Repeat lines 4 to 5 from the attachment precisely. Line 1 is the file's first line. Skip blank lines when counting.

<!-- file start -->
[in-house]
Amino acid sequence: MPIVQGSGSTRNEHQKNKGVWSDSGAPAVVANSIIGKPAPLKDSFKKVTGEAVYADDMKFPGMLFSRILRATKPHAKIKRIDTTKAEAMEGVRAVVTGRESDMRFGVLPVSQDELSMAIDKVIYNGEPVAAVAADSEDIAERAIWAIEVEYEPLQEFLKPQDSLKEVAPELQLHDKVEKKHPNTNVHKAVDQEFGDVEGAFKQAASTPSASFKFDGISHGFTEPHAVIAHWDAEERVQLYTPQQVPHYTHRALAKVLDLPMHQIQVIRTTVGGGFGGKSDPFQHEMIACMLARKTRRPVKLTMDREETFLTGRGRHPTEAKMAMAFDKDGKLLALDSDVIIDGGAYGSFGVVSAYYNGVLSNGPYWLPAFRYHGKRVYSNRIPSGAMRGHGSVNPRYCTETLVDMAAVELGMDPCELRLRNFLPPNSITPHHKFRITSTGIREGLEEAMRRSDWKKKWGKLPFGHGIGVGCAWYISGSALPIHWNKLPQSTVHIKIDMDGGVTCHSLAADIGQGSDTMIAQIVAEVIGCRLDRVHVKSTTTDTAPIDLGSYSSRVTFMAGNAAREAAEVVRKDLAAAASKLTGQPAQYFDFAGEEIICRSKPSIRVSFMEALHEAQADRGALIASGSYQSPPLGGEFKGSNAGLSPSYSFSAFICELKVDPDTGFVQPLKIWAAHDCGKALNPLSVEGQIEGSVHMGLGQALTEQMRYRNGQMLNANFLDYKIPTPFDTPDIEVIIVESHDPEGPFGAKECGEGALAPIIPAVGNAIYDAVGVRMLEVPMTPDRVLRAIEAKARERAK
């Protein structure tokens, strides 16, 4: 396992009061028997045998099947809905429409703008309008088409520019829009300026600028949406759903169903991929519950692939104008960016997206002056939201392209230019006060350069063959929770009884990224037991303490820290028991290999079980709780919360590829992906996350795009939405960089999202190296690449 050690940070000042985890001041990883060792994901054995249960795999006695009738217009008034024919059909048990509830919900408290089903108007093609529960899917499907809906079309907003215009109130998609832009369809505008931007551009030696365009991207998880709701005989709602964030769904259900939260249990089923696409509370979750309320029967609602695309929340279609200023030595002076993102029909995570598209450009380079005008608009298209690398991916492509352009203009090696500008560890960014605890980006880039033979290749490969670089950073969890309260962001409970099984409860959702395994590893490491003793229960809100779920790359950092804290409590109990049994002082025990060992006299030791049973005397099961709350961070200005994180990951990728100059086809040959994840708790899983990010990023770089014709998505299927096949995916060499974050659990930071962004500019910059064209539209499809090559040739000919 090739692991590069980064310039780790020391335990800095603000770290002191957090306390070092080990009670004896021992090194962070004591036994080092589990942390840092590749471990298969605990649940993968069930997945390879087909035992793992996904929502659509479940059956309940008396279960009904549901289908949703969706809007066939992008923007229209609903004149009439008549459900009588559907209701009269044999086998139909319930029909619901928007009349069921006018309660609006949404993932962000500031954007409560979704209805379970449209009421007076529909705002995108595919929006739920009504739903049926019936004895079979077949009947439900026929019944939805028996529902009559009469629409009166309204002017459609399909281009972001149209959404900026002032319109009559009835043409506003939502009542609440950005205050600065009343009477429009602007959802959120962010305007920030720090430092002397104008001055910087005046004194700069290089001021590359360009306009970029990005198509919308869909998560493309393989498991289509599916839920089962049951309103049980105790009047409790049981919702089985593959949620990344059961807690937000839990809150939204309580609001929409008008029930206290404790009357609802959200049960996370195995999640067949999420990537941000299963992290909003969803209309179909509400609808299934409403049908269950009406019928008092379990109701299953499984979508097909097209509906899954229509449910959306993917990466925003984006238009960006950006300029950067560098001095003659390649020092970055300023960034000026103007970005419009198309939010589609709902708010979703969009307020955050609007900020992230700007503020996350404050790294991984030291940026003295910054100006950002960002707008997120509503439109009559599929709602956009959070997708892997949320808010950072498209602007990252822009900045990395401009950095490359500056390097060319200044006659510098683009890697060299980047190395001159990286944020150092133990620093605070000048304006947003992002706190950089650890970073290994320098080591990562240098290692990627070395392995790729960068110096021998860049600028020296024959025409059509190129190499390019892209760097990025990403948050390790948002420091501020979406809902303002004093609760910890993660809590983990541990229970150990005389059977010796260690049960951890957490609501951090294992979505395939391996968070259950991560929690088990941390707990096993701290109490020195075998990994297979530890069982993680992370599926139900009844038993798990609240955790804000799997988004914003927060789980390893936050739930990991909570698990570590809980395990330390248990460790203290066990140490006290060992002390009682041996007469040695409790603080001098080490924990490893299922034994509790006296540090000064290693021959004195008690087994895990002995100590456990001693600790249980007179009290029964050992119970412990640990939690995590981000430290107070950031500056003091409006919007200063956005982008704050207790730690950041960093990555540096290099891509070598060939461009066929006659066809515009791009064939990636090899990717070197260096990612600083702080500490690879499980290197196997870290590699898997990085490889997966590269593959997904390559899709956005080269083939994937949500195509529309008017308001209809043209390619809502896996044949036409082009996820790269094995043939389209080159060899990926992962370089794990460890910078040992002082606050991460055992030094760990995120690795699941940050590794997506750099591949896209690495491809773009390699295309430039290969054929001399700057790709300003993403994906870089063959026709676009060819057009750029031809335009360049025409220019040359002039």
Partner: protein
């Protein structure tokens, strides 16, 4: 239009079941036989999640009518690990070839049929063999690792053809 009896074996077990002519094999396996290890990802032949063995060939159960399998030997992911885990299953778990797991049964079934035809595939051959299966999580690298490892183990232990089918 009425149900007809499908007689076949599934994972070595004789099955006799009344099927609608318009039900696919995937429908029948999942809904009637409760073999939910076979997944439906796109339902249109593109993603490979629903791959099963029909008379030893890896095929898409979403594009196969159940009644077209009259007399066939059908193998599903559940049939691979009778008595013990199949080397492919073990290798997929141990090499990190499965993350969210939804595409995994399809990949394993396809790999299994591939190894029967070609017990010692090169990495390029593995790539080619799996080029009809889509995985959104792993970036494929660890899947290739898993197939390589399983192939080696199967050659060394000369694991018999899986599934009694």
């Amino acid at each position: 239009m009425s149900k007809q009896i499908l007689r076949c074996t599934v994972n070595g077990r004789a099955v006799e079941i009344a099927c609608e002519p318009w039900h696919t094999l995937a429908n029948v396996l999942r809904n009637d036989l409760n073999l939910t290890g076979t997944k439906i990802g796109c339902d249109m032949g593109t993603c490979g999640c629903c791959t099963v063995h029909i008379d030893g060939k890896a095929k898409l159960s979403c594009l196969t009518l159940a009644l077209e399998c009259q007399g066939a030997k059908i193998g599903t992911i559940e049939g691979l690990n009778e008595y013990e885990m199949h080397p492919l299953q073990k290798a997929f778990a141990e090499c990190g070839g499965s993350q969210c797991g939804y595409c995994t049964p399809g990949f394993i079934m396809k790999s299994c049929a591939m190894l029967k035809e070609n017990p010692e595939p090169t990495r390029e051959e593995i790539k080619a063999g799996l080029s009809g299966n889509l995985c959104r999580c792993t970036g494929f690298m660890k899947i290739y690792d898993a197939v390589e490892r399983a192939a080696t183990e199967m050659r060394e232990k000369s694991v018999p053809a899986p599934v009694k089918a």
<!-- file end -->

Partner: protein
């Protein structure tokens, strides 16, 4: 239009079941036989999640009518690990070839049929063999690792053809 009896074996077990002519094999396996290890990802032949063995060939159960399998030997992911885990299953778990797991049964079934035809595939051959299966999580690298490892183990232990089918 009425149900007809499908007689076949599934994972070595004789099955006799009344099927609608318009039900696919995937429908029948999942809904009637409760073999939910076979997944439906796109339902249109593109993603490979629903791959099963029909008379030893890896095929898409979403594009196969159940009644077209009259007399066939059908193998599903559940049939691979009778008595013990199949080397492919073990290798997929141990090499990190499965993350969210939804595409995994399809990949394993396809790999299994591939190894029967070609017990010692090169990495390029593995790539080619799996080029009809889509995985959104792993970036494929660890899947290739898993197939390589399983192939080696199967050659060394000369694991018999899986599934009694």